Uber had a grander goal. Mr. Kalanick has long said Uber’s primary competition is private car ownership; if Uber can give you a cheap ride instantly, it could conceivably beat the cost and associated hassles of owning your own vehicle. In developed countries like the United States, car ownership is entrenched, but not in India. There was a chance, then, for ride-hailing companies to vault over private car ownership entirely.
“You can’t have every resident of Delhi driving a car — that just wouldn’t work,” Mr. Kalanick said. “They just don’t have the infrastructure to support it, so why build it out? So that will be a big deal.”
The Long Hail
The leapfrogging of private car ownership remains far off. At this point, Uber has 200,400 active drivers on its platform in India. Ola said it has 640,000. Those numbers sound large, until you consider that nearly 400 million people live in India’s cities.
Still, citizens of a certain professional class — tech workers, frequent travelers — said Uber and Ola had become part of the fabric of Indian urban life.
Before Uber, “folks were rather locked up at home,” said Christian Freese, the general manager for Uber’s Bangalore office, where the company has placed its only dedicated engineering center outside of San Francisco. “Now you can see people go out, especially on the weekend. You just press a button and the car is there.”
Well, sometimes. Often in India, you open the Uber app, press a button, and then — nothing. The app selects a driver, but the driver does nothing. His car’s icon just sits there, unmoving.
This is something of a cultural mystery. “Drivers in India take forever to start, and we are still trying to figure out why,” said Apurva Dalal, Uber’s head of engineering in Bangalore. “We’ve tried to do research on it, but we don’t know why it happens.”
One reason may be the drivers: Many are unaccustomed to smartphones and may not trust the digital notification that comes in over the app. Most Uber rides in India involve riders phoning drivers to confirm that the ride is for real.
On top of that, Uber’s digital maps sometimes don’t match India’s ever-shifting road patterns, so riders may have to tell drivers how to find them.
For instance, just outside one of Uber’s offices in Bangalore, two roads meet in a Y-shaped junction. The junction is often snarled with traffic, so in January, someone — either a local authority or a concerned citizen, it’s not clear — placed a makeshift concrete median in the road to better manage the flow. A two-way street was turned into two one-way streets, but because the Uber app’s map didn’t know about the change, Uber’s cars entering the area suffered long delays, for several days.
“When we look at the average time to begin a trip — from the time a driver accepts a trip to when he picks up the rider and starts the trip — that is the highest in the world for Uber here in India,” said Mr. Jain, the president of Uber India. “So our task is, how do you reduce that time?”
About half the Uber cars I tried in Bangalore were pleasant, and seemed in good physical and mechanical order. Others had no seatbelts, or lacked air-conditioning.
The drivers were uniformly friendly, if sometimes unschooled in the ways of customer service. On a trip from the airport, one driver suddenly pulled off the road without a word. I panicked until I saw he was just heading for a gas station.
If I had feared trouble, I could have pressed the in-app panic button, a feature that alerts law enforcement to your location. Both Uber and Ola added the button to their apps in 2015, prompted by a horrific 2014 case in which an Uber driver sexually assaulted a passenger; the driver was convicted and sentenced to life in prison.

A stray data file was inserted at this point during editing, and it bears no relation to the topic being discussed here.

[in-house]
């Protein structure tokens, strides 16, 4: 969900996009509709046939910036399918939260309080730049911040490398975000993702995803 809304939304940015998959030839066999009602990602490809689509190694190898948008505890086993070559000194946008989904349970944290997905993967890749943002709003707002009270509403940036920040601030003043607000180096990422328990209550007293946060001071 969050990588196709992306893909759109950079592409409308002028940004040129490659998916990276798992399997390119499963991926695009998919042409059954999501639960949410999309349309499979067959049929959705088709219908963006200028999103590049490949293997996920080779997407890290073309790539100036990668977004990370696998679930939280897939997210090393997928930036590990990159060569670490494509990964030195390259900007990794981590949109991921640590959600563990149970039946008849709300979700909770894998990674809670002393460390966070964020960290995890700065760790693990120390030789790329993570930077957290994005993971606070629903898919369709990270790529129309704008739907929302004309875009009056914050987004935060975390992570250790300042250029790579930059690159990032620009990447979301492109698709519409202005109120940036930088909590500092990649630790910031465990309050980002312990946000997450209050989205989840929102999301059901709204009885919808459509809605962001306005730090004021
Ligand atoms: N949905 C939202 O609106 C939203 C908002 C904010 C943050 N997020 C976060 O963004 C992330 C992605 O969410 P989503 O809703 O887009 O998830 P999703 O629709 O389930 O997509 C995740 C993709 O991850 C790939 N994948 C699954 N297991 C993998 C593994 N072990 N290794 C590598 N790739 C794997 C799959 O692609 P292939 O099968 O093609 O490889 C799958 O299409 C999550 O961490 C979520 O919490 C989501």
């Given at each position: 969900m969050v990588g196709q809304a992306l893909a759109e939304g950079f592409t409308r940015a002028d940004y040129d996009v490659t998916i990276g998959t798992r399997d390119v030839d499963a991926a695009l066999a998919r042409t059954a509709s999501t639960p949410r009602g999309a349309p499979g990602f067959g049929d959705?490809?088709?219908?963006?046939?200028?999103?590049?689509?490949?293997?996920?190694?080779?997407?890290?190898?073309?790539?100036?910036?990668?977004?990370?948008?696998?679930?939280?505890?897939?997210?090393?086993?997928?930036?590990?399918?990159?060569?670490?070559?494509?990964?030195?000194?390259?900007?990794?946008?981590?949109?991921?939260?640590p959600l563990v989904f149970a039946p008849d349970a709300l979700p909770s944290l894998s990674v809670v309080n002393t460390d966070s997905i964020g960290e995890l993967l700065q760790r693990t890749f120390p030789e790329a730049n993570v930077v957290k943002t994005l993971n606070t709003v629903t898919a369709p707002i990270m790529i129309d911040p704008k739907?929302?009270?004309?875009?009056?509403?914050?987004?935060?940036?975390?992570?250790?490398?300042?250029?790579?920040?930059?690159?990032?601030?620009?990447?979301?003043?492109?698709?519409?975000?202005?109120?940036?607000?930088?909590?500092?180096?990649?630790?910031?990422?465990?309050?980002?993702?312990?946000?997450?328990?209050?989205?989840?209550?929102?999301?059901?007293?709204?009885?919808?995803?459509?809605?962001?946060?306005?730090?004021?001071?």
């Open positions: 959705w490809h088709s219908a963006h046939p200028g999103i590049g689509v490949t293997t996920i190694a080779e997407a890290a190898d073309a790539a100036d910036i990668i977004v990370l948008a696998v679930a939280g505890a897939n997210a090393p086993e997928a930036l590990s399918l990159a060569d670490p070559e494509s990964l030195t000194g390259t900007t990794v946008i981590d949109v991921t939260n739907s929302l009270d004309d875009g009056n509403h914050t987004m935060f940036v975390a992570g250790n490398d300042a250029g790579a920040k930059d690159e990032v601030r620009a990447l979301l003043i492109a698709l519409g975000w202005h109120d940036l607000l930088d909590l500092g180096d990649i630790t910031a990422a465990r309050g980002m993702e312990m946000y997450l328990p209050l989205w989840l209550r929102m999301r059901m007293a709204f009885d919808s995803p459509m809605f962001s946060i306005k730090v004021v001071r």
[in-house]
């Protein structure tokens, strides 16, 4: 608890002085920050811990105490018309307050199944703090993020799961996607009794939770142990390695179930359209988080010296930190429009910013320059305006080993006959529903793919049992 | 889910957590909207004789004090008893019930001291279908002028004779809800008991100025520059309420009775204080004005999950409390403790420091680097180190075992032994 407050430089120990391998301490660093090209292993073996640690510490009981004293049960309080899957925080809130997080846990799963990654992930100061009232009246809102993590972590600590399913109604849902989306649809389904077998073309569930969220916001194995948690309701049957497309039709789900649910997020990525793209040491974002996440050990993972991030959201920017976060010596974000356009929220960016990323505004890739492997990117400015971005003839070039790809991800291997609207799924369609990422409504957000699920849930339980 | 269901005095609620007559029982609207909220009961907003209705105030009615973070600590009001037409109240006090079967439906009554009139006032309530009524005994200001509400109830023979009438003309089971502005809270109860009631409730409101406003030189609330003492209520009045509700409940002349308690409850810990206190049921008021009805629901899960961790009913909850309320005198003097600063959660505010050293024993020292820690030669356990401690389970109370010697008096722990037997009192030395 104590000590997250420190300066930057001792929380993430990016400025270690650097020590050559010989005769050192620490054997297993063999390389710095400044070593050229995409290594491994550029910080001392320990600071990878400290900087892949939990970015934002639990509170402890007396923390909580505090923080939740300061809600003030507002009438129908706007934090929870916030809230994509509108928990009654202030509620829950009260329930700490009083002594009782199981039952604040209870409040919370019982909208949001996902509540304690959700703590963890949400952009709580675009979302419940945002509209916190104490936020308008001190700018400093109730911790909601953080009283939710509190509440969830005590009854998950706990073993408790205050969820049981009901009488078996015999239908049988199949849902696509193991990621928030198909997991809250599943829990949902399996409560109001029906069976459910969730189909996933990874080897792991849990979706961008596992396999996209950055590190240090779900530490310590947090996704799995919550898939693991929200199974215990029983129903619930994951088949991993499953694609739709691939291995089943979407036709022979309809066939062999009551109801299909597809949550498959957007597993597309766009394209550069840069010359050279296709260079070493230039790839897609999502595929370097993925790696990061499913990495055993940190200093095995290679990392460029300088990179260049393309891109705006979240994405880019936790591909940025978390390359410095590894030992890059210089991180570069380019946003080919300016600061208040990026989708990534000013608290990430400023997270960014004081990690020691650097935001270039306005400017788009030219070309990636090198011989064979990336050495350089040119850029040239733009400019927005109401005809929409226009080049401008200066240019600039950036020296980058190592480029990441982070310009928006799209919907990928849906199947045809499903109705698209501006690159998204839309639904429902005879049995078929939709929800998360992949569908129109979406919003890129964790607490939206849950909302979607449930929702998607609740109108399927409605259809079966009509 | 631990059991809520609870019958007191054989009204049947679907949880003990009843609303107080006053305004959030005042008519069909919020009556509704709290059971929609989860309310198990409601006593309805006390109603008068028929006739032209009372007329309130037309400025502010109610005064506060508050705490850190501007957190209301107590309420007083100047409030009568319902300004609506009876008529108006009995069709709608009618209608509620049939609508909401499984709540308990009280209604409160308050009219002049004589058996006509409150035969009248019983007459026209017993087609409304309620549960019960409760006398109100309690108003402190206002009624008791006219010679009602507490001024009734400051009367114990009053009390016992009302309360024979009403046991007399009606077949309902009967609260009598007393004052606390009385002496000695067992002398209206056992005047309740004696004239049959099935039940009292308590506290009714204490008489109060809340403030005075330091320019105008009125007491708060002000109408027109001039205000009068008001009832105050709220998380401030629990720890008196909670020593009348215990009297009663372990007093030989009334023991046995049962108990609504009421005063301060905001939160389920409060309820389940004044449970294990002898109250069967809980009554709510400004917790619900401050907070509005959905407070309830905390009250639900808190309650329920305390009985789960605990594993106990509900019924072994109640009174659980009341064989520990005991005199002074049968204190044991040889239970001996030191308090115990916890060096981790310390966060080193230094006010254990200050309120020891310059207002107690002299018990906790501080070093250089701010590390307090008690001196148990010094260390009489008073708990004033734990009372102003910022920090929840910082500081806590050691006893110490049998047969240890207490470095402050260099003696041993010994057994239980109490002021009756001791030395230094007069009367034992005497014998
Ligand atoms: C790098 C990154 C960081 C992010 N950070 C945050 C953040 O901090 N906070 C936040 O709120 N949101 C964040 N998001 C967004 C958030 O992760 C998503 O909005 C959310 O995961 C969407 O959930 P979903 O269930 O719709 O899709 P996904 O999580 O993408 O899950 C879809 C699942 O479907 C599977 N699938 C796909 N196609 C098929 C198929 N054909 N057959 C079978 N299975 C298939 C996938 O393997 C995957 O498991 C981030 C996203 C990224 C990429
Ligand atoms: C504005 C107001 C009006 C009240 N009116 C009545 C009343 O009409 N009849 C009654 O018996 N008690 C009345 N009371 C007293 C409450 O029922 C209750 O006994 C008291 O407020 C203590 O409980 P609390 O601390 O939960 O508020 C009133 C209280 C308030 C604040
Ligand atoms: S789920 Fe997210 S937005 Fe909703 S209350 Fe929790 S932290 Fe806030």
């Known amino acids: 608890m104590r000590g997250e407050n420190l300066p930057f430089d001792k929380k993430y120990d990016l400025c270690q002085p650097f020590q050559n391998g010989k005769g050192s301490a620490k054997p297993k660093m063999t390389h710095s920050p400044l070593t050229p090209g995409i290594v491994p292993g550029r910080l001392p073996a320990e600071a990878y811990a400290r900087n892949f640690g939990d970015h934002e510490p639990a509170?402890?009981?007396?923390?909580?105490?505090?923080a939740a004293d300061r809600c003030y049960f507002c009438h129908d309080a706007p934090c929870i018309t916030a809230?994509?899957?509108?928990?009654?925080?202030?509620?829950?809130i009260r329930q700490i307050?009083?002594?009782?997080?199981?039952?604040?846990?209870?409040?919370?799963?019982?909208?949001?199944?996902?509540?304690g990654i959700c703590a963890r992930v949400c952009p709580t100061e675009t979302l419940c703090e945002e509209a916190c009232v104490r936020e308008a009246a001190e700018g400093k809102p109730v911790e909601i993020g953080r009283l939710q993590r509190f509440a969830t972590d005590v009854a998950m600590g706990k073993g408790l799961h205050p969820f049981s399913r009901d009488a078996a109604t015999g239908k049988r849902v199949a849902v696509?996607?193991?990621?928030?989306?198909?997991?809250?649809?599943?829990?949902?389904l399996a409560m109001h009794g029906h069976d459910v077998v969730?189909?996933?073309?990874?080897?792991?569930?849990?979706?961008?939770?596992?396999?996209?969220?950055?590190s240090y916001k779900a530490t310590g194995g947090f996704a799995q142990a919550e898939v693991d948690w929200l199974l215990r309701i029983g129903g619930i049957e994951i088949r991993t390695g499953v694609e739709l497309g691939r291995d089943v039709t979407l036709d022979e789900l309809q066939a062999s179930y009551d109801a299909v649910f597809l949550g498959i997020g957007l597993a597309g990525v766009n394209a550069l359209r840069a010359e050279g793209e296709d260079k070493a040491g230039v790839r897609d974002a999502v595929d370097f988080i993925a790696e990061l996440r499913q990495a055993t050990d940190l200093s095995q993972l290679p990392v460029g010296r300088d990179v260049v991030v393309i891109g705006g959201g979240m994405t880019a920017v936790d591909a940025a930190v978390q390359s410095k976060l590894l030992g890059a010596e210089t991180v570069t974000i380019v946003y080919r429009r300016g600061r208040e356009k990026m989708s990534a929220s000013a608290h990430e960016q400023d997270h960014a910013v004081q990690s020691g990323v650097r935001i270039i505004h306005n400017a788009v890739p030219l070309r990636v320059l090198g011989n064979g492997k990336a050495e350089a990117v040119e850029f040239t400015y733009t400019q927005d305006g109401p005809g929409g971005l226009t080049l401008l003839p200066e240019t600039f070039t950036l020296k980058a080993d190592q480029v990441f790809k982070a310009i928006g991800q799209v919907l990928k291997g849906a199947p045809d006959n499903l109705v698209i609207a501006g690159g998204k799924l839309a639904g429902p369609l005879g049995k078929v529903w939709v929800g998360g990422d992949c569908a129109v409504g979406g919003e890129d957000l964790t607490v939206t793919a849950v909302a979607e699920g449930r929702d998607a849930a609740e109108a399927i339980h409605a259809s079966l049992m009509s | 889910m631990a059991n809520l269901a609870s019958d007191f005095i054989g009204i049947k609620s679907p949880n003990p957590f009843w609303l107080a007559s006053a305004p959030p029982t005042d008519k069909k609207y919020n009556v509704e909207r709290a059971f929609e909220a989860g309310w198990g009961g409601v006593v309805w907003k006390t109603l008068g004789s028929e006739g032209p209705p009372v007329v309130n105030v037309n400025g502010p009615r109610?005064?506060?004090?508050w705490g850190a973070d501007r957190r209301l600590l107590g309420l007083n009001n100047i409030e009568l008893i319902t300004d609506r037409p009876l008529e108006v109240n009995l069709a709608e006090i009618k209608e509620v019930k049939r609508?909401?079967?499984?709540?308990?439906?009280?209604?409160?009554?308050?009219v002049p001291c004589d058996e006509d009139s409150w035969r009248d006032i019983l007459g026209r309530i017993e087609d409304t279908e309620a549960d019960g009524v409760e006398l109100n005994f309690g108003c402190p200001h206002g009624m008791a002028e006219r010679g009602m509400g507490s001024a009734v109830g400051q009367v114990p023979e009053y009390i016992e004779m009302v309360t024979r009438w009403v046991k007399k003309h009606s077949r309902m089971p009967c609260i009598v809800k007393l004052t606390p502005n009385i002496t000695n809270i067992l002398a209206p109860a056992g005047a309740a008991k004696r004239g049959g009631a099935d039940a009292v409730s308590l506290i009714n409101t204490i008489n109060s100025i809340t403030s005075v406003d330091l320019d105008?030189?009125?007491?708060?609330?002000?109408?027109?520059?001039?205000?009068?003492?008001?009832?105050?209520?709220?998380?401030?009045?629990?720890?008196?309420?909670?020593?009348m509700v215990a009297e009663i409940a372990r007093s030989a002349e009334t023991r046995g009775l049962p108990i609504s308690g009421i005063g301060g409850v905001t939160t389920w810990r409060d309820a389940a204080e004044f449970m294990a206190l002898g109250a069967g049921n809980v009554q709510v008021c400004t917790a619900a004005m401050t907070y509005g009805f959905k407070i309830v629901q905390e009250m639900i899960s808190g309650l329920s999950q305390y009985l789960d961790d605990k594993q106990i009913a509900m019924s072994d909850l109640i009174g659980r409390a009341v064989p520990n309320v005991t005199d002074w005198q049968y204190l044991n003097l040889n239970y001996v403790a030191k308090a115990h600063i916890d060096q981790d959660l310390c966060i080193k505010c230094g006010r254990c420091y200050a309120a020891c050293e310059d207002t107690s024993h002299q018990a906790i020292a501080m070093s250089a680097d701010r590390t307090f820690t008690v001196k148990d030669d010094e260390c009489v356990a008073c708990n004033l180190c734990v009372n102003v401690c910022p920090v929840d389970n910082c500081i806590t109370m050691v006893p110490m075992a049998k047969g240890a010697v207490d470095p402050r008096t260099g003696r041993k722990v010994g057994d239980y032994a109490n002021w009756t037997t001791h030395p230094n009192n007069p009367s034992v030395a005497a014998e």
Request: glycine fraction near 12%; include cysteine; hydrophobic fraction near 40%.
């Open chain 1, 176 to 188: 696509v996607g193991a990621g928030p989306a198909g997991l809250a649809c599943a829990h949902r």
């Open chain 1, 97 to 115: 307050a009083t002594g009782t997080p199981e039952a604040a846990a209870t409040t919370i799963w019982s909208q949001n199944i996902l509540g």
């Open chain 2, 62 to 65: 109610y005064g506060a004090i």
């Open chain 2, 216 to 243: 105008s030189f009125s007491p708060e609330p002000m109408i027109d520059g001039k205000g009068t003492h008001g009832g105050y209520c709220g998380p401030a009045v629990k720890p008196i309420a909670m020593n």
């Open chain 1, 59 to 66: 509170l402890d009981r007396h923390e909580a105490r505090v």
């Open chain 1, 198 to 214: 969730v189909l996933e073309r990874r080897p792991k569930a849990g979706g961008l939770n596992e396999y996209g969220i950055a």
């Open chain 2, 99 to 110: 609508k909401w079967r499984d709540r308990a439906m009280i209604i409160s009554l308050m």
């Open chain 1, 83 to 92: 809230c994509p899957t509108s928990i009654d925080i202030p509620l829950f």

Compared to other options available to most Indian riders, Ola and Uber represent an improvement in access to transportation, and a steep drop in price. In Bangalore, a 22-mile Uber ride that lasted nearly an hour cost me 548 rupees, or about $8.50. That was on UberX, the company’s middle-tier service; with UberGo or OlaMicro, which use smaller cars, it might have been a dollar or two cheaper. A taxi taking the same route might have cost more than $10.
At these prices, Ola and Uber are becoming everyday options for India’s rising middle class.
Drive for Us
Uber has made several adjustments to its practices to get along in India.
Cash is king here because credit cards and other digital payment systems aren’t widely used. It was an issue for Uber’s just-get-out-of-the-car-when-you’re-done payment method. So in 2015, in a move that Mr. Kalanick said took him “a little time” to get used to, Uber began accepting cash payments for the first time in the city of Hyderabad. Soon it started accepting cash across India, as well as in Southeast Asia and South America.
By last fall, when the Indian government began a plan to cut down on the use of cash in the economy, about 80 percent of Uber’s Indian rides were paid for in cash.
An even bigger change came in how it recruits drivers. In the United States, so-called sharing economy companies depend on untapped labor and capital: You’ve got a decent car, a phone, and you need money? Why not spend your weekends driving for Uber?
But the dynamics of untapped supply don’t line up in the same way in India. Lots of people need work, but relatively few have cars or know how to drive. Drivers must also secure a commercial driver’s license and special registration status for their cars.
Most of Uber and Ola’s losses in India stem from their vast operations used to attract drivers — for example, the network of UberDost contractors. Both companies have also set up leasing deals with banks and car manufacturers to get special terms for drivers in need of vehicles.